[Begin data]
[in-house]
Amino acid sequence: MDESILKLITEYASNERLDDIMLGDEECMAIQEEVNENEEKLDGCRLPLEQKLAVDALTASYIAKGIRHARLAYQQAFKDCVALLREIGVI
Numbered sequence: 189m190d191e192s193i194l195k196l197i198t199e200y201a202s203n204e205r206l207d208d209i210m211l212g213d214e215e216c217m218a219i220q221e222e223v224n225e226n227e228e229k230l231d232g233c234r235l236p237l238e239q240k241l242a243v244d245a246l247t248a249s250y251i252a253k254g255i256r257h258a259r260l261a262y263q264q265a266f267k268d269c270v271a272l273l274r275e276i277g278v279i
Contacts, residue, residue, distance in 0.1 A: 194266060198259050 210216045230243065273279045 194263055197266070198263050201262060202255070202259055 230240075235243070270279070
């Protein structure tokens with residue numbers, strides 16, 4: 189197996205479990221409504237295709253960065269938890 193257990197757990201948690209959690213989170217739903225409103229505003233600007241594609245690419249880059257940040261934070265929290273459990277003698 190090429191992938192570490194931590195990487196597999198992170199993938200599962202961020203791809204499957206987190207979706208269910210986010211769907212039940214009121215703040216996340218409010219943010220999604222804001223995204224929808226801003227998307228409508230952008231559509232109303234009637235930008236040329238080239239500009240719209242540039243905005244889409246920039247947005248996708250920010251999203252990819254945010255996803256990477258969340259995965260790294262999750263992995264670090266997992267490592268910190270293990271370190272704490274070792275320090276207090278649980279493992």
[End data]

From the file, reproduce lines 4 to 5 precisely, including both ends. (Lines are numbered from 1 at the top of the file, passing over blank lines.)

Contacts, residue, residue, distance in 0.1 A: 194266060198259050 210216045230243065273279045 194263055197266070198263050201262060202255070202259055 230240075235243070270279070
């Protein structure tokens with residue numbers, strides 16, 4: 189197996205479990221409504237295709253960065269938890 193257990197757990201948690209959690213989170217739903225409103229505003233600007241594609245690419249880059257940040261934070265929290273459990277003698 190090429191992938192570490194931590195990487196597999198992170199993938200599962202961020203791809204499957206987190207979706208269910210986010211769907212039940214009121215703040216996340218409010219943010220999604222804001223995204224929808226801003227998307228409508230952008231559509232109303234009637235930008236040329238080239239500009240719209242540039243905005244889409246920039247947005248996708250920010251999203252990819254945010255996803256990477258969340259995965260790294262999750263992995264670090266997992267490592268910190270293990271370190272704490274070792275320090276207090278649980279493992």